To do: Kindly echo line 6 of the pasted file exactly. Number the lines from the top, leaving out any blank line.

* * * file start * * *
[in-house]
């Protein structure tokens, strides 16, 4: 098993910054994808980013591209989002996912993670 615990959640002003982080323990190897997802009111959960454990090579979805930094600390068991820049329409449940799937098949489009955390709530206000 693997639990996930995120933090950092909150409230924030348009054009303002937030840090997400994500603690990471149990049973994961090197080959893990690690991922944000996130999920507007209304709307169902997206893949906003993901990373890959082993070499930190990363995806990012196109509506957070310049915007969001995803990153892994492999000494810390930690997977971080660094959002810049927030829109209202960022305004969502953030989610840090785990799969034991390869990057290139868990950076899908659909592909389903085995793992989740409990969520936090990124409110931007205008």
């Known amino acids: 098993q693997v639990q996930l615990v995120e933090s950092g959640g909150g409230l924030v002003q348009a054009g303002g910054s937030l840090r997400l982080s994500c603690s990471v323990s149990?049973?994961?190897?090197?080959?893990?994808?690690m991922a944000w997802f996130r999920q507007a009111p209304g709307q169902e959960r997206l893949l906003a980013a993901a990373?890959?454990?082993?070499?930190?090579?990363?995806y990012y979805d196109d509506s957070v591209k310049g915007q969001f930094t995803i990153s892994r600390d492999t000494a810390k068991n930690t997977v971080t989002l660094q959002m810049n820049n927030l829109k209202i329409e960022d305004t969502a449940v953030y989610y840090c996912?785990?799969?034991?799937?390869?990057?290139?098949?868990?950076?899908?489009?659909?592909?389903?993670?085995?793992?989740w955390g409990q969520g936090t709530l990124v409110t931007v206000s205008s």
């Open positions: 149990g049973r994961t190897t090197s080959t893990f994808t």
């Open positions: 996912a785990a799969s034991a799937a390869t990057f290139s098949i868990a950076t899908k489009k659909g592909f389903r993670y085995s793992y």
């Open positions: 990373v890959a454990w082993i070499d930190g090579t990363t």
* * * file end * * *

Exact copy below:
């Open positions: 990373v890959a454990w082993i070499d930190g090579t990363t």